By CHAZ PLAGER
When it comes to one of the happiest days in the Palisades, residents know that the Pacific Palisades Baseball Association Opening Day and Pancake Breakfast is second only to Fourth of July.
Parents and children alike gather to celebrate the opening of the Little League season with all-you-can-eat pancakes, sausages, and eggs. The event was delayed from March 11 March 18th, because of rain, but as soon as I arrived at the Palisades Rec Center, I tried some of the food– it was delicious.
The food was provided by the PPBA parent volunteers, and I can’t thank them enough for giving me a ticket.
At 8:30 a.m., the opening ceremony began, continuing a 69-year tradition. PPBA president Bob Benton began by introducing the commissioners of the 10 Little League teams.
Benton, who has been the baseball commissioner for 37 years, welcomed new City Council member Traci Park.
“Baseball teaches kids courage, teamwork, and dedication,” she said. “When they high five the other team, they learn about respect. I wish some of my colleagues had learned to play baseball.” This elicited laughs from the crowd, and she wished players good luck in the coming season.
The seven-and-eight-year-old Red Sox pintos came to the field and sang the National Anthem.
Finally, the main event arrived, a special guest had been invited to throw the first pitch.
This year, it was Rob McElhenny, who you may recognize as the creator and star of It’s Always Sunny in Philadelphia.
This wasn’t McIlhenny’s first time doing the honors. In Game 4 of the 2022 World Series, McElhenny was invited by the Phillies to catch the first pitch thrown by Chase Utley.
“I hope that none of you kids know who I am,” McElhenny said. “If there are any parents here who let their kids watch my show you are bad parents, full stop.
“Obviously, that’s not true. If you’re here for your kid, you’re a great parent.”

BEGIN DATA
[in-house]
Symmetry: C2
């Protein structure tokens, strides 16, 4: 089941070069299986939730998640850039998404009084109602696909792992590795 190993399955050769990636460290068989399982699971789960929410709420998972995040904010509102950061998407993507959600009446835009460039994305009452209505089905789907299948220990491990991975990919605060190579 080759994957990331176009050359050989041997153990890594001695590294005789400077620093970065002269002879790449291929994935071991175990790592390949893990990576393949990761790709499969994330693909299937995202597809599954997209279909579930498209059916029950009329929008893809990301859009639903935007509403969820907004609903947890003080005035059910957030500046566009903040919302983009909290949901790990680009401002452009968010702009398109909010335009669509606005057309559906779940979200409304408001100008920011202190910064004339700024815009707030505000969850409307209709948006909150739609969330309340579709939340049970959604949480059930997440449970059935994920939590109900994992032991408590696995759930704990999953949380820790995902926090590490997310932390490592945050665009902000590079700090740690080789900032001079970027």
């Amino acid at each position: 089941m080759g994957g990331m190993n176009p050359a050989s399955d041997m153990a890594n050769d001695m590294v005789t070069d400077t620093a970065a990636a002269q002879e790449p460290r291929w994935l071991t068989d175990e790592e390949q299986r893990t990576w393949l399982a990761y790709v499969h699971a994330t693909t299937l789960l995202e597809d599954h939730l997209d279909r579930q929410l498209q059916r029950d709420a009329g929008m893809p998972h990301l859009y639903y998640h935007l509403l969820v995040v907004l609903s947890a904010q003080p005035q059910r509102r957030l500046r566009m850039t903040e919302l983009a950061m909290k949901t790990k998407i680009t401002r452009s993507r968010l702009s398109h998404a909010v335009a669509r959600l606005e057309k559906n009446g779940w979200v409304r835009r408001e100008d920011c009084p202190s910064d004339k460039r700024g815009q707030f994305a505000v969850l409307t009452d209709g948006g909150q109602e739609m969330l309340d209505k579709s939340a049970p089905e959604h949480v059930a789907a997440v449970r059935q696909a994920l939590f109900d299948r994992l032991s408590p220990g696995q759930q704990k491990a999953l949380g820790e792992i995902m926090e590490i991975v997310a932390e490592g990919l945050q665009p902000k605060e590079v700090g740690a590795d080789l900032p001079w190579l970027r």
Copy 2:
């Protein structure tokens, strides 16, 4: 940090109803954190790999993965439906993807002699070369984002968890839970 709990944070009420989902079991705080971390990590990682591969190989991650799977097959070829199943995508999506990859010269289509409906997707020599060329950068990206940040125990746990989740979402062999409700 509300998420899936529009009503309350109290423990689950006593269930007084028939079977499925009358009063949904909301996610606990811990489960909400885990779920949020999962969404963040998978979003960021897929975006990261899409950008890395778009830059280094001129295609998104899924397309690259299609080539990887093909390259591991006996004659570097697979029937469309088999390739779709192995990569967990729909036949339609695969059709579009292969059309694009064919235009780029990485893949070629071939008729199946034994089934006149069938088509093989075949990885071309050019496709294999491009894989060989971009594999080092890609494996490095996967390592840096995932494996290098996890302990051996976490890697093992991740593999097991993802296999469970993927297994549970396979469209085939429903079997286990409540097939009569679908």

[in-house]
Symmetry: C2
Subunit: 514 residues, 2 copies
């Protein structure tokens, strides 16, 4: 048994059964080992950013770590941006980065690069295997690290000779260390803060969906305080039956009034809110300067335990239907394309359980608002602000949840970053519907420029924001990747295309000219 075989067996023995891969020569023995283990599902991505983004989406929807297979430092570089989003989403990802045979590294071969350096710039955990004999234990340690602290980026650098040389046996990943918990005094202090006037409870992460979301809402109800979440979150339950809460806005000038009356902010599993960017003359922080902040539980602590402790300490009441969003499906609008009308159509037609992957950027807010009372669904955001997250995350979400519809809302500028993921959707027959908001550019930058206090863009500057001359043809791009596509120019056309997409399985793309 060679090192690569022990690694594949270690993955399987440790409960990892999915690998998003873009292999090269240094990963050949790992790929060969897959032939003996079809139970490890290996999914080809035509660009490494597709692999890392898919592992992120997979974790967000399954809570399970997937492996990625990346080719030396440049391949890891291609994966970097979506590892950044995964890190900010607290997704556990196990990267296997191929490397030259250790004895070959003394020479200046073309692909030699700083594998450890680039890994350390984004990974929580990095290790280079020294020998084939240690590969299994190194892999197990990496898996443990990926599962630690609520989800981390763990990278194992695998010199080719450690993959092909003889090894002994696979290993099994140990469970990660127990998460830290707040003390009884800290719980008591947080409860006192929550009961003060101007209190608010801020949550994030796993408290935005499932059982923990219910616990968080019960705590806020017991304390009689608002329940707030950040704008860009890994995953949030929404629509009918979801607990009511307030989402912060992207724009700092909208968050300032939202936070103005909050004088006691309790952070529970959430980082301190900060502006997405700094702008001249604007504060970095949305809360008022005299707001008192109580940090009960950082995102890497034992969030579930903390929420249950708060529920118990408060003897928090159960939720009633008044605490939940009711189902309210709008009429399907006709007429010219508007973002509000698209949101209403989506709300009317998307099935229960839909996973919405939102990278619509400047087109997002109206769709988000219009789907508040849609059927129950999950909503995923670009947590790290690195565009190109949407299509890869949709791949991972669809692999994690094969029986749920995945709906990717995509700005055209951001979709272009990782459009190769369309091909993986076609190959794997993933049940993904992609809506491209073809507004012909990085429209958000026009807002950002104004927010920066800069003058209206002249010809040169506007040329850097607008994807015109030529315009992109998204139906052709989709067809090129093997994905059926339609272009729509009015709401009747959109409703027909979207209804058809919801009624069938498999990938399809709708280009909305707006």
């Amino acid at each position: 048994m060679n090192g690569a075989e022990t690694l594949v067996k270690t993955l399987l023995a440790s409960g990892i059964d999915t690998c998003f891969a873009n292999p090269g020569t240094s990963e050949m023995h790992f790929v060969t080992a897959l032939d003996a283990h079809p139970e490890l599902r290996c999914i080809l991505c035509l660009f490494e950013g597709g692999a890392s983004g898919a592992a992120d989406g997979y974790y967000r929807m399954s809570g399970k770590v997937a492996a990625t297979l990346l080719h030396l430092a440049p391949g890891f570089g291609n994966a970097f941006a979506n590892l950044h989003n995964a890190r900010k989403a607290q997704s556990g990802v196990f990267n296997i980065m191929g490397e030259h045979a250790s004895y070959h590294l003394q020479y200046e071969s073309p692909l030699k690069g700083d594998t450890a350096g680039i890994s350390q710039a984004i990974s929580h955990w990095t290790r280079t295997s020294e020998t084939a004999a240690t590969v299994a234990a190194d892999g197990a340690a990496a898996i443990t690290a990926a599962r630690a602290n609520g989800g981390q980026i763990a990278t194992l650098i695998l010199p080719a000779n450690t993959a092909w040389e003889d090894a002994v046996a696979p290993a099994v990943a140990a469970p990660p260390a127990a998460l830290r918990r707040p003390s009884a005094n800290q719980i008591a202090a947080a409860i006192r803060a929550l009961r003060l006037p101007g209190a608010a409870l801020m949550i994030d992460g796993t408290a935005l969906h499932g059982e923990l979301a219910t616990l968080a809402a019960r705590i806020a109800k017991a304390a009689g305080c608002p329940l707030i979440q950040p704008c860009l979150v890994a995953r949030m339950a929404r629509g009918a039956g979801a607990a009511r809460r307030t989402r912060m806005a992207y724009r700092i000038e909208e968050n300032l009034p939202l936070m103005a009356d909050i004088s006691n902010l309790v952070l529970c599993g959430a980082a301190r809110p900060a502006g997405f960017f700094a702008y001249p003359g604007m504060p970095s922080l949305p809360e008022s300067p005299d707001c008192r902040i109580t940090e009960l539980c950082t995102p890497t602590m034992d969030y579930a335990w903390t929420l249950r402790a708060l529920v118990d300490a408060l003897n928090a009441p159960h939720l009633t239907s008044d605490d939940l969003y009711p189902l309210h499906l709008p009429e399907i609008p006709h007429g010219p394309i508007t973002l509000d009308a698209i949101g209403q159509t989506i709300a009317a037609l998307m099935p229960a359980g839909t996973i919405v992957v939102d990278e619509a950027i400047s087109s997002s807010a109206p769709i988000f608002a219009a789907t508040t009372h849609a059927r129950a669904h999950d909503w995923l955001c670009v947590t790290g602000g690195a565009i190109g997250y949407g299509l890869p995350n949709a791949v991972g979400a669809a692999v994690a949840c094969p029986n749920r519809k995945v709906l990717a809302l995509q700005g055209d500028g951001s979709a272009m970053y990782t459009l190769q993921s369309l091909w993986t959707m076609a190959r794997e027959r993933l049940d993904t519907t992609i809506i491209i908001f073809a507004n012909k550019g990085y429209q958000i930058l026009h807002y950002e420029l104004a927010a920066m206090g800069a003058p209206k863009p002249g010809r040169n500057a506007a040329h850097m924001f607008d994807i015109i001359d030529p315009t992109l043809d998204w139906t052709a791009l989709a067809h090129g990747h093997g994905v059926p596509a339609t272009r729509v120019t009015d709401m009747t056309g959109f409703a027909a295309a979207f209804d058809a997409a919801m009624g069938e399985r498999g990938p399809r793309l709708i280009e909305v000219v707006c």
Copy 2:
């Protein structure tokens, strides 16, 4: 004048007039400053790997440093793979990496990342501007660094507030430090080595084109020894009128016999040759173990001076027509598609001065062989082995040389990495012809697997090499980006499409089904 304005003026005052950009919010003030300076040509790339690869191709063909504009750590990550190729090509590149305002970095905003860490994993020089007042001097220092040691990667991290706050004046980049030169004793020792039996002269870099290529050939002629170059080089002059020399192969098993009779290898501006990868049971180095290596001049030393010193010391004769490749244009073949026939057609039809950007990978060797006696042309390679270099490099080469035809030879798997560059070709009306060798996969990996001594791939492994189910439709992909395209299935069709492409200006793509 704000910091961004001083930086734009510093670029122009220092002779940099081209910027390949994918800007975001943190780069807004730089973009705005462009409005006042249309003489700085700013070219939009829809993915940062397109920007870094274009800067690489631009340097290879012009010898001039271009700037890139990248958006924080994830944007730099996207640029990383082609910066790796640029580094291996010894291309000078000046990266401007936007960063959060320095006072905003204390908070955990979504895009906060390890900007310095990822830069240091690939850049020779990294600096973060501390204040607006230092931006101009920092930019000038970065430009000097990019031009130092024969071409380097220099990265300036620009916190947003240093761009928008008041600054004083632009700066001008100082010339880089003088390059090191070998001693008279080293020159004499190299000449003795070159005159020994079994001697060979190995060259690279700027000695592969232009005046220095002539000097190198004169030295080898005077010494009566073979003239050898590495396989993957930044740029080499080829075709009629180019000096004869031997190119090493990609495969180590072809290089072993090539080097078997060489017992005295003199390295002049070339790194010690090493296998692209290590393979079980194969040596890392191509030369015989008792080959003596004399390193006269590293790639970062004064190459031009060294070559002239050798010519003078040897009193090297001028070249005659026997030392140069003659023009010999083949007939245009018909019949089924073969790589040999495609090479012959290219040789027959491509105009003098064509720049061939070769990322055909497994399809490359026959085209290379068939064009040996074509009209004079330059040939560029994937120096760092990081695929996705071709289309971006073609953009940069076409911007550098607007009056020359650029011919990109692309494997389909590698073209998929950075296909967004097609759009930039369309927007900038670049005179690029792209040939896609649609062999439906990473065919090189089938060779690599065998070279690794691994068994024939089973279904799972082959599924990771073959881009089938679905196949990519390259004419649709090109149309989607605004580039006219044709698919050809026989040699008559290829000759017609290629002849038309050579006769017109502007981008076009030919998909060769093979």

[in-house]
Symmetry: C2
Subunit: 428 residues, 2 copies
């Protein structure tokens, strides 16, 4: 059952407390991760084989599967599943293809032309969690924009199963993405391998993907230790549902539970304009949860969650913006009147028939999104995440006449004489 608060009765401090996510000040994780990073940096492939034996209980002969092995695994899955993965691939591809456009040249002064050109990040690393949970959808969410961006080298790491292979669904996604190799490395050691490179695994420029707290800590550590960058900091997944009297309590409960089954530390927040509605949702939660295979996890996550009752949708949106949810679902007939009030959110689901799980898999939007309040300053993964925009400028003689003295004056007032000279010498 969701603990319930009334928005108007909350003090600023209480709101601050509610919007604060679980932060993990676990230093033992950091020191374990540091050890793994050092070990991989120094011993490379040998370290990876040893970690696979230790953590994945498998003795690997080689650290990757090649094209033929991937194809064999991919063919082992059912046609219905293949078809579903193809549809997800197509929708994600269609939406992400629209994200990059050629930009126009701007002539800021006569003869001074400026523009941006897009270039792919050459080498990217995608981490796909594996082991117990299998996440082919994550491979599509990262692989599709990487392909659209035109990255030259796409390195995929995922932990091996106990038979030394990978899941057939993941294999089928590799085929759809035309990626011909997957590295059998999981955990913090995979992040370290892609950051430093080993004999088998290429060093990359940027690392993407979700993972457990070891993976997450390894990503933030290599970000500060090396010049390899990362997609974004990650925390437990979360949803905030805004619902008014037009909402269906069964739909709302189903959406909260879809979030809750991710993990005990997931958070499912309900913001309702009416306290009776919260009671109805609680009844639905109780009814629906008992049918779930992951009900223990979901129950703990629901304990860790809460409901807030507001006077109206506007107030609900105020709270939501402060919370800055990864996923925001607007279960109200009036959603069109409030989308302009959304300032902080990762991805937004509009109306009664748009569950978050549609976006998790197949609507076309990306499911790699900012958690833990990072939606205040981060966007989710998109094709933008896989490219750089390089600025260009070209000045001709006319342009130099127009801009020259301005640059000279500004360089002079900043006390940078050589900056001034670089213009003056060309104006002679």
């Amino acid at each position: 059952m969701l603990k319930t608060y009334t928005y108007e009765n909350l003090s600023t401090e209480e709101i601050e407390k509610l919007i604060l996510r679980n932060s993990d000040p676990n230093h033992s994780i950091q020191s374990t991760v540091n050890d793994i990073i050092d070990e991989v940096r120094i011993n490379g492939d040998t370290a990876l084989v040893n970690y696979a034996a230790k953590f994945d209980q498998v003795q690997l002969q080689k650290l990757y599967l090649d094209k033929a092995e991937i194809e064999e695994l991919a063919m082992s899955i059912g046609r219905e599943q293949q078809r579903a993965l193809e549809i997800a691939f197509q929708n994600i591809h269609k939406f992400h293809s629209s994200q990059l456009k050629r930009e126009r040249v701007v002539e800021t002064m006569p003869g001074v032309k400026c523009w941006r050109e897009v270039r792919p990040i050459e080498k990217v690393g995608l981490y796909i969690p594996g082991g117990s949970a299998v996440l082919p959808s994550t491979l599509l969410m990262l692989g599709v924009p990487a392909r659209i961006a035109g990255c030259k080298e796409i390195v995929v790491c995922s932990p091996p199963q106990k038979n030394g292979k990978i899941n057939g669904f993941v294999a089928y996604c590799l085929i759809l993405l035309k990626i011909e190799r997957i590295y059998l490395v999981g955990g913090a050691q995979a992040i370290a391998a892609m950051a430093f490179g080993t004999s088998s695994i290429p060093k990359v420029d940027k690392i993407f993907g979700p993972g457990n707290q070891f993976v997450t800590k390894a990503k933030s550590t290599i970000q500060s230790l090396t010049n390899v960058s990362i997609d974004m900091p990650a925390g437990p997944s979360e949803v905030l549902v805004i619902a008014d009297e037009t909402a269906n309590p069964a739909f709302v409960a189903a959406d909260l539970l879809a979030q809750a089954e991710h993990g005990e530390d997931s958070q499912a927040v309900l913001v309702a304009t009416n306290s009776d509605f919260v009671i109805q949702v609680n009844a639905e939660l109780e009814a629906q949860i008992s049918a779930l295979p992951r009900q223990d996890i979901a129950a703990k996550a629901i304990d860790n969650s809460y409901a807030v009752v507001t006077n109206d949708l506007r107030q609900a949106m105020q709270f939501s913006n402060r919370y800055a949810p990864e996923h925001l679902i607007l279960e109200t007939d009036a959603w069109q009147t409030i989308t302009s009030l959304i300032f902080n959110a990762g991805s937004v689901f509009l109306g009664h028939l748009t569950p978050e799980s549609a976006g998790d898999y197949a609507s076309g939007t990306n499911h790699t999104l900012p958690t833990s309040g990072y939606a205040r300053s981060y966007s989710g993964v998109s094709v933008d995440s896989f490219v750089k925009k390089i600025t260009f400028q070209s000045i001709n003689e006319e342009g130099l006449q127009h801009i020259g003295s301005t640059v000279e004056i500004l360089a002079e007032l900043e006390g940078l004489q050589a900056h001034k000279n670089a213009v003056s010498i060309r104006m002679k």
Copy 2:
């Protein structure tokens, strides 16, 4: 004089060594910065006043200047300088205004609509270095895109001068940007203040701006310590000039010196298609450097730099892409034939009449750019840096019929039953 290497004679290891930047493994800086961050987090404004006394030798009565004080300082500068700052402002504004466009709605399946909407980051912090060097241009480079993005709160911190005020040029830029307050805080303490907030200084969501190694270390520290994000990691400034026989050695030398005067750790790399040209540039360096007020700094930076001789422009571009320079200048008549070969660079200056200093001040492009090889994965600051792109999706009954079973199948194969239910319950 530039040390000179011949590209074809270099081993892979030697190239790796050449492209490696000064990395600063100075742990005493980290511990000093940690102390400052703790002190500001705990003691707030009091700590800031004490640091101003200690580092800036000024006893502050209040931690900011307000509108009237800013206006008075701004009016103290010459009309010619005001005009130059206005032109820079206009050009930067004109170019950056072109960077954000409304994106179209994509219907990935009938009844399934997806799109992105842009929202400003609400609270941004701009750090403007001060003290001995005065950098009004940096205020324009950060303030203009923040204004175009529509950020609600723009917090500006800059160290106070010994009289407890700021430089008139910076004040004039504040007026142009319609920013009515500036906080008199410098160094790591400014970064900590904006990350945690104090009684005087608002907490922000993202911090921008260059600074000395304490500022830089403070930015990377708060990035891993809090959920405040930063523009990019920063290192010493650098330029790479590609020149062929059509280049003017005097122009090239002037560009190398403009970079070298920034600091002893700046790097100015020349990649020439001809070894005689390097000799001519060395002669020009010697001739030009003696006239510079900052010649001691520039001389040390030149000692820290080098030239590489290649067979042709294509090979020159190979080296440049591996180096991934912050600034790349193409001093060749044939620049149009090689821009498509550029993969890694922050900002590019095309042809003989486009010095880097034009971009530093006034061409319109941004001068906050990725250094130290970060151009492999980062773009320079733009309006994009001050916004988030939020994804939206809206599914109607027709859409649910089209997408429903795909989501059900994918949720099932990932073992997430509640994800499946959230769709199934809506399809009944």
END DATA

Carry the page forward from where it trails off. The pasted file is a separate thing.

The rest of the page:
McElhenny said, “I want you to recognize… not everyone is so lucky to have their parents and their friends show up for them, day in and day out… to cheer them on.”
He then led the children to applaud their parents. As he prepared to make the first pitch, he said, “I’m more nervous now than I was at the World series.”
The pitch went off without incident, and afterwards McElhenny spoke to this Circling the News reporter.
CTN: Why did you agree to throw out the first pitch for a little league?
McElhenny: I live close to the Palisades. One of my friends is a parent and he has two sons that play in this league. He asked if I could come out here and throw the first pitch, and I said I’d be happy to.
CTN: Did you play baseball growing up?
McElhenny: I grew up in Philadelphia, just a mile away from Veteran Stadium where the Phillies play. I played Little League in the shadow of that stadium.
My position was deep, deep outfield, where the coach said a ball wouldn’t reach me. It really taught me a lesson about humility. Even so, I still love baseball. The days of The Phillies are my home team, but the Dodgers are everywhere, so they’ve become my West Coast favorites.
CTN: You’re the creator and star of your original hit show, It’s Always Sunny in Philadelphia. What’s it like to act in a show you created?
McElhenny: What’s not to like? I can’t imagine making a show any other way. I write the script to give myself parts I know I can act and deliver in a certain way.
CTN: I saw another one of your current shows, Mythic Quest. I really loved the standalone episodes, but not the more serialized ones. Why not just make a season of the standalones?
McElhenny: Funny that you say that, because that’s exactly what we’re gonna be doing, starting next year.
CTN: What’s the biggest tip you can offer writers?
McElhenny: I think that sports, playing sports, helped me. I was a terrible athlete, and yet I tried everything. Wrestling, baseball, basketball, golf… I kept trying to find the thing I was good at.
What that taught me was that you have to keep trying, keep grinding to find the thing you’re good at, and then put yourself into it 100%.